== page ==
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Allocating funds to purchase  maize from farmers, wise idea

Allocating funds to purchase maize from farmers, wise idea

THE government move to allocate funds to purchase maize from farmers after every harvest season is a great incentive that would ensure they have ready and reliable market, and hence increase production.

Last week Prime Minister Kassim Majaliwa told the parliament that the government has set aside 50bn/- for the National Food Reserve Agency (NFRA) to buy maize from farmers starting this week.

Also in another important development, the government provided surety to the Cereals and Other Produce Board to secure the 50bn/- loan to purchase maize from farmers.

The two bold measures taken by the government will definitely improve living standards of maize farmers and boost the crop cultivation, now that the demand is escalating given the dire need also in neighbouring countries.

This move will automatically address post-harvest losses and guarantee farmers high prices than the ones offered by retail traders.

According to the Premier, NFRA would buy the crop at 500/- per kilogramme of maize while the CPB would set good prices against 250/- and 300/- offered by retail traders thus making the market more competitive.

This is now the time for maize farmers to additionally think of how to increase production and take advantage of this new opportunity presented by the State.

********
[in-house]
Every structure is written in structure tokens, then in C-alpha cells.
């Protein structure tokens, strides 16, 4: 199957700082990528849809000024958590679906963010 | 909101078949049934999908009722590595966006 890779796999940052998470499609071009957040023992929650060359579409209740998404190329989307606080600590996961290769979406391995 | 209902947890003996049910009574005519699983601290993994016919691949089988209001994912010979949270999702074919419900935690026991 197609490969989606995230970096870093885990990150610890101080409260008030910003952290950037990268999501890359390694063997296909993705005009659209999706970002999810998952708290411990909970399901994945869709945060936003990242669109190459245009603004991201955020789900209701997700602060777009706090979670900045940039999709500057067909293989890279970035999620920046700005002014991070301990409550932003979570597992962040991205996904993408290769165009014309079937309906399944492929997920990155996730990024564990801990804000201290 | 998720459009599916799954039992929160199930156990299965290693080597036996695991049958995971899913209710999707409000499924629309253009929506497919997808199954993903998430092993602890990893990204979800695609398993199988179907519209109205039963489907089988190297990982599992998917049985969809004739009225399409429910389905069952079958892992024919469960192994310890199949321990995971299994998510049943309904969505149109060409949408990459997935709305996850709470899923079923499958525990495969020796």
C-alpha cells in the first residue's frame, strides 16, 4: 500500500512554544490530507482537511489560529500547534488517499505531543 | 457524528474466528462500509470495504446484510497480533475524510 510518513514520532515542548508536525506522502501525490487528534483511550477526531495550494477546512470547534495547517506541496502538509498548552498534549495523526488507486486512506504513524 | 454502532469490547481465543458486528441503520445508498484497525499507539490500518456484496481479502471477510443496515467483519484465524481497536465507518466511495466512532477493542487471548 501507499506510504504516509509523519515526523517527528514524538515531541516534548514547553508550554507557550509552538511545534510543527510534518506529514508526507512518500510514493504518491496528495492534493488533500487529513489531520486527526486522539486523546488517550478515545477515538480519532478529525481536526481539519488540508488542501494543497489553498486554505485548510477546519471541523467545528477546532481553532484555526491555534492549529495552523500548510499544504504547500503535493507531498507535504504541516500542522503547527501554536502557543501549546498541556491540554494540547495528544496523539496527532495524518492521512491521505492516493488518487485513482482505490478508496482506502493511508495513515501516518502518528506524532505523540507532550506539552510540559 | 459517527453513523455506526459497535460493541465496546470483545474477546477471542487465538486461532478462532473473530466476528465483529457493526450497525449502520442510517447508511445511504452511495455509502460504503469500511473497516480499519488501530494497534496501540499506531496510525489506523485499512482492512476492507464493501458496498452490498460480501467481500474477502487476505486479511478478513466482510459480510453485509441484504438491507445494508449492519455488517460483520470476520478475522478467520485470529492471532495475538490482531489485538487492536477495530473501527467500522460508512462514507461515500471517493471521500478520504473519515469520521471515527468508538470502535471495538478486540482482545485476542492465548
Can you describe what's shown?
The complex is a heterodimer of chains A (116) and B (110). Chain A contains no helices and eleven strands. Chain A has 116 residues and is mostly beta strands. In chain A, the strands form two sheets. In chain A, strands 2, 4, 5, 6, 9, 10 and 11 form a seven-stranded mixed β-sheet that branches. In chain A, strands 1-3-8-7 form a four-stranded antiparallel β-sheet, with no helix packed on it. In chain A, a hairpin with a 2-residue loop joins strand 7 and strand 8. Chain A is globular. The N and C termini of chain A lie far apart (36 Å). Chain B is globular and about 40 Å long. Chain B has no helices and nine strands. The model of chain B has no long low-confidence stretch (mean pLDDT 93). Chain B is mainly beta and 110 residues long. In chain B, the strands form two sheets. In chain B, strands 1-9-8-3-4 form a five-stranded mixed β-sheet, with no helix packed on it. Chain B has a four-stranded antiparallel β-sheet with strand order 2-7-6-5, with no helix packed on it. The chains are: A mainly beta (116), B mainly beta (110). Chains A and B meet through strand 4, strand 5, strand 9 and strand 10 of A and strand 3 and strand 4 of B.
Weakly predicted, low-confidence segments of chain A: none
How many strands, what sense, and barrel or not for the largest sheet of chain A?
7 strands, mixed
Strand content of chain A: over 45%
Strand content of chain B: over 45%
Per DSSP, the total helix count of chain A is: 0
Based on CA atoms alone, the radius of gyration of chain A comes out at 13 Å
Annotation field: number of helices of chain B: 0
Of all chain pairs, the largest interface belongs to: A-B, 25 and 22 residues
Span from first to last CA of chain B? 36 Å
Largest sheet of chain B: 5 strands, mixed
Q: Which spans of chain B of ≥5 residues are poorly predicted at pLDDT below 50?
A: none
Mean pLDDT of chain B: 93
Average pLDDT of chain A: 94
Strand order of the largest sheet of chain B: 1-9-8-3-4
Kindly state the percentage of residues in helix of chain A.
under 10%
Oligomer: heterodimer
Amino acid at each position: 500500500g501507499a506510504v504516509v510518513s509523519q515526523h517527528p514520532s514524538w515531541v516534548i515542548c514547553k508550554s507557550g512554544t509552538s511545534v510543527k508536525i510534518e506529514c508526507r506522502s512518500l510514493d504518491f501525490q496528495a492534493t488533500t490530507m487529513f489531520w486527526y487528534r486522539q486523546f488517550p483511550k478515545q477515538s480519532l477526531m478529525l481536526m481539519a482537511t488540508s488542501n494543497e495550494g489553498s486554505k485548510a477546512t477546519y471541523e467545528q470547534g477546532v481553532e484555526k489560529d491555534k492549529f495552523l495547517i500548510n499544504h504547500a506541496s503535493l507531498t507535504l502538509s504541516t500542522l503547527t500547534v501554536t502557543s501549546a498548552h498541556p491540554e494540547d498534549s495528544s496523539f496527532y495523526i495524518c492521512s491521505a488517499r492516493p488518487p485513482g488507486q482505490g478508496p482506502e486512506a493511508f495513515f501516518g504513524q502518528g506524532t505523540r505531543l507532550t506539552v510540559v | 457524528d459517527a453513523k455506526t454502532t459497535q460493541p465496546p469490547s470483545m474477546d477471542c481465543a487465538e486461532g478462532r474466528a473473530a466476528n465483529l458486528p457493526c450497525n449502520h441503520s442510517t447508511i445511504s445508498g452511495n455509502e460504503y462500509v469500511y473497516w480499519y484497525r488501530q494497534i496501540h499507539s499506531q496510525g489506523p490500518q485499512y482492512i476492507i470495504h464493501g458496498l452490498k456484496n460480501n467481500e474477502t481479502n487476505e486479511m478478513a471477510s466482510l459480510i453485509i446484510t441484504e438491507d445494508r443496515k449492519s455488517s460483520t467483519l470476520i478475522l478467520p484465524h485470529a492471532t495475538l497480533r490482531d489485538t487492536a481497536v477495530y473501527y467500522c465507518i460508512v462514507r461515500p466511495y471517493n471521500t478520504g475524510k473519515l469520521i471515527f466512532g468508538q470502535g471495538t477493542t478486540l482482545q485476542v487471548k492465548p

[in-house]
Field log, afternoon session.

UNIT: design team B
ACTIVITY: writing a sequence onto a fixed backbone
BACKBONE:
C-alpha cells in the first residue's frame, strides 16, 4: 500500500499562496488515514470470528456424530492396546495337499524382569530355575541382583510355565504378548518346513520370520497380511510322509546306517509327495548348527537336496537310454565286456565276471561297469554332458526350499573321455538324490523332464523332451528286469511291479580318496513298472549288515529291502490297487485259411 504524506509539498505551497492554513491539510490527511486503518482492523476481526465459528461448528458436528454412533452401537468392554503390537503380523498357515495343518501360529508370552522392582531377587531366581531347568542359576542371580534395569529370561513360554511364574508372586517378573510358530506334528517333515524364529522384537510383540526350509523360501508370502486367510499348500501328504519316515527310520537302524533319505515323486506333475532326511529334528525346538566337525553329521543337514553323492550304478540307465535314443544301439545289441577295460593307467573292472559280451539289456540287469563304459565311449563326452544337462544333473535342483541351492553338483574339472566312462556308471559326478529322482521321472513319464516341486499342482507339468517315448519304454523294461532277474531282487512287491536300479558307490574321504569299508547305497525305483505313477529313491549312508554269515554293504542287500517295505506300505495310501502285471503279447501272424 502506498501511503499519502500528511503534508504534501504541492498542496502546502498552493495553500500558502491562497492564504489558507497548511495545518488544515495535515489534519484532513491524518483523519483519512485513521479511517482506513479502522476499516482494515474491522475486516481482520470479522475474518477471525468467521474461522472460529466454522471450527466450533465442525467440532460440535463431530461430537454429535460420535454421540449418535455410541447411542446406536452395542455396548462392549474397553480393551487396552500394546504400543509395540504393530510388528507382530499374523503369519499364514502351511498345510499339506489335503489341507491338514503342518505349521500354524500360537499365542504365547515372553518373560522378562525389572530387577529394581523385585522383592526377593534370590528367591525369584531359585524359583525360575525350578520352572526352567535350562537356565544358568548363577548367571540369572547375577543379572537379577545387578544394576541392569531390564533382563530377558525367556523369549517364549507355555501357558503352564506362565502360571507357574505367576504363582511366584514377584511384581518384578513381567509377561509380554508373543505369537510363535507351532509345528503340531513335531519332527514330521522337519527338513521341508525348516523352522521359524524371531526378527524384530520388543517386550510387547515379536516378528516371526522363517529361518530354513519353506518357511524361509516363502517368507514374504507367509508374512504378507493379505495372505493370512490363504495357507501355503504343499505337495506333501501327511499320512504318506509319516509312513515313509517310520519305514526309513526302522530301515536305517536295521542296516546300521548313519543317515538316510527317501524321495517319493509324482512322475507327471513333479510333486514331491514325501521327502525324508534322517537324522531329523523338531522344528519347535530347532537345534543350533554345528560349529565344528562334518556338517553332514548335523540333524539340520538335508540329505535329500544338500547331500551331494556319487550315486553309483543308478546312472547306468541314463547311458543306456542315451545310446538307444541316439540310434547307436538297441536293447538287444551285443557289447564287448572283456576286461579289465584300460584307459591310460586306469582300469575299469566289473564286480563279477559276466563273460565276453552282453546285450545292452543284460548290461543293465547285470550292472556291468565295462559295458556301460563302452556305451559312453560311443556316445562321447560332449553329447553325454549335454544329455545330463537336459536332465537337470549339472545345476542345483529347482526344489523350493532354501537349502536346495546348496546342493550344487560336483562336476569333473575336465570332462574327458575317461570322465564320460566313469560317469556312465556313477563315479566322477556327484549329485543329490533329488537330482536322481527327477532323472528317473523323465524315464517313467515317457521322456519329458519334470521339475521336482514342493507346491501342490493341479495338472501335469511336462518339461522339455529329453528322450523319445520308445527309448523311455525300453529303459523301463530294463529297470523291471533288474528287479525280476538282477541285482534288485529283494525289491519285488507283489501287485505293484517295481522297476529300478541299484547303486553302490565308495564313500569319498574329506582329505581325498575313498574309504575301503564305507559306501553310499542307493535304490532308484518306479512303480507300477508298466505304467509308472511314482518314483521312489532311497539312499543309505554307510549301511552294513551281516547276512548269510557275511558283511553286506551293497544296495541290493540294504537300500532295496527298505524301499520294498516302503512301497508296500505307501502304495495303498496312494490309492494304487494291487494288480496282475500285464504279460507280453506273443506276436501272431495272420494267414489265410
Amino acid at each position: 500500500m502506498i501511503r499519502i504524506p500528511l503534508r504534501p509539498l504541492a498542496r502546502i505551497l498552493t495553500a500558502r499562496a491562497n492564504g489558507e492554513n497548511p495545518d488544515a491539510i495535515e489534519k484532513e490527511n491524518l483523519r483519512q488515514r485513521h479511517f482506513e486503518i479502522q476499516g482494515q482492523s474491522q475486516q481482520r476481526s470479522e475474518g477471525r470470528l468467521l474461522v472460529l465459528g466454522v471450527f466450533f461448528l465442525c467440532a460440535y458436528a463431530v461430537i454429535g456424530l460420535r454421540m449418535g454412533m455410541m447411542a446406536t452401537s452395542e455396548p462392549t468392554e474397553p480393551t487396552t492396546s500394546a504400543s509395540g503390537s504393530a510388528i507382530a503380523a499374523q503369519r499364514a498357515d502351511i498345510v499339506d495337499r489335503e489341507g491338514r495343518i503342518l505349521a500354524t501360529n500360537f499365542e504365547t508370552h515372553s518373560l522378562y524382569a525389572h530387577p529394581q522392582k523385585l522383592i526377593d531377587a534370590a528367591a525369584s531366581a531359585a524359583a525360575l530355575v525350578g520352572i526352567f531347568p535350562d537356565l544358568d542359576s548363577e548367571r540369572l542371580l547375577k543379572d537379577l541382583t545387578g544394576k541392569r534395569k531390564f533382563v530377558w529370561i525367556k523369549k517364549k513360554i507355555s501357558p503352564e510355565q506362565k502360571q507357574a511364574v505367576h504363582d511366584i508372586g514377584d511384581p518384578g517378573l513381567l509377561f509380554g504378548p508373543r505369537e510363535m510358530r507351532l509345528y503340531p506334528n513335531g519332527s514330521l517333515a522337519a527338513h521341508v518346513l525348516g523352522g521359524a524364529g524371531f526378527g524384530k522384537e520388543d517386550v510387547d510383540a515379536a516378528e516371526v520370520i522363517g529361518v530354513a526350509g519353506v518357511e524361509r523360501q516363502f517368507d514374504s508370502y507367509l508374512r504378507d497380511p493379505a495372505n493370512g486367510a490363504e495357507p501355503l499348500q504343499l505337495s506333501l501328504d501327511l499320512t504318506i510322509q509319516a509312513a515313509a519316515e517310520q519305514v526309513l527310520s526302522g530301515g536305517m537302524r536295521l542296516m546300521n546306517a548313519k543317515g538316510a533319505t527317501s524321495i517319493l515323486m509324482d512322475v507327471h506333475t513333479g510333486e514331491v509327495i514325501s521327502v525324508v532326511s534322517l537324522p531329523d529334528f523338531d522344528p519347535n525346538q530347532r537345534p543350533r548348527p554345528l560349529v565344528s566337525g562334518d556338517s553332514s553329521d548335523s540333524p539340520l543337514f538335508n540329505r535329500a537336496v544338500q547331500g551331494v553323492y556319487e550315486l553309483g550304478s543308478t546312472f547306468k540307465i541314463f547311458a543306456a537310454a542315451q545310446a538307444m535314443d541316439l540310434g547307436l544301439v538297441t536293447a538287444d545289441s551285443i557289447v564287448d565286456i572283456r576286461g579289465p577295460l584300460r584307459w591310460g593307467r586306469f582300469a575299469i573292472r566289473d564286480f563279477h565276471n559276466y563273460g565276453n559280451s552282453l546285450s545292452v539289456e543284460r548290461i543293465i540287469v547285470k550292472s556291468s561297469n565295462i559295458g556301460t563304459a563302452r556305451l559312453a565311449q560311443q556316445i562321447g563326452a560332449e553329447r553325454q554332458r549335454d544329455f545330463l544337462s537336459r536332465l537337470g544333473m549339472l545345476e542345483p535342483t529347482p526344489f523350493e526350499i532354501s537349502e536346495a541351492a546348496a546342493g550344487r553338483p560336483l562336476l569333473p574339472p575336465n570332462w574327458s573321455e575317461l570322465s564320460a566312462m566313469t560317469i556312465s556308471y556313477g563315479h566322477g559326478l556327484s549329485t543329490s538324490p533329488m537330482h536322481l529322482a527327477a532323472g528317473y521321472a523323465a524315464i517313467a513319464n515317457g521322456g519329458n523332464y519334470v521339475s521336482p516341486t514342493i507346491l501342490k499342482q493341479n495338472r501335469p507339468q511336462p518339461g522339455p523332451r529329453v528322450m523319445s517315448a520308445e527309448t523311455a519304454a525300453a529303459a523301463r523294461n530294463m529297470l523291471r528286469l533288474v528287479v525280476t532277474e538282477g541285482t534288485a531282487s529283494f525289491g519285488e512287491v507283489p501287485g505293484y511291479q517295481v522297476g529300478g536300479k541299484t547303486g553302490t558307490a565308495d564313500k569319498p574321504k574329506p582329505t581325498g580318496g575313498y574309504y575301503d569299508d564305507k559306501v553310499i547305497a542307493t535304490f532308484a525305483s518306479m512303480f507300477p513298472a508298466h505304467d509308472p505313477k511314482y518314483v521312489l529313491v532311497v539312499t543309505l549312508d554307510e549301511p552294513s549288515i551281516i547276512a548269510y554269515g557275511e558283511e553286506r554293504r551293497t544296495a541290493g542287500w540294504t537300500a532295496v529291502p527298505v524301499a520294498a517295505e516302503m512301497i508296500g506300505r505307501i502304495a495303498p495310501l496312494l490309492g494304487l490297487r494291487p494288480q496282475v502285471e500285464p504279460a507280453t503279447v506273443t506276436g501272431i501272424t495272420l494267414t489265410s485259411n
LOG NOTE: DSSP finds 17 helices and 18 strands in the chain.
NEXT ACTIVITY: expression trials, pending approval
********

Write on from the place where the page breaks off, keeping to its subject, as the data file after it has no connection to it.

A few months ago maize exports to Kenya increased six-fold following an official visit made by President Samia Suluhu Hasan to the East African nation. The CPB has already received orders to supply 100,000 tonnes to Kenya which is a maize deficit country and relies on imports from Tanzania and Uganda to meet its annual demand.

The Cereals Board will also need to meet the order of 200,000 tonnes from South Sudan and 20,000 tonnes for World Food Programme. It is expected that President Samia’s visits to the EAC nations will make the regional demand for maize significantly grow in the coming years to benefit farmers and the country’s economy.

Maize is the staple food for the majority of Tanzanians and produced by small-scale farmers, usually grown under low input, rainfed conditions for subsistence and as a cash crop.

Hence, the government move is the right incentives and positive in business environment that will additionally continue creating more job opportunities to develop the maize sub-sector, and in turn contribute a lot in the national economy.

Therefore, it is high time that stakeholders in the maize value chain support the government efforts by creating a favourable environment for the maize subsector to grow.

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Author: EDITOR

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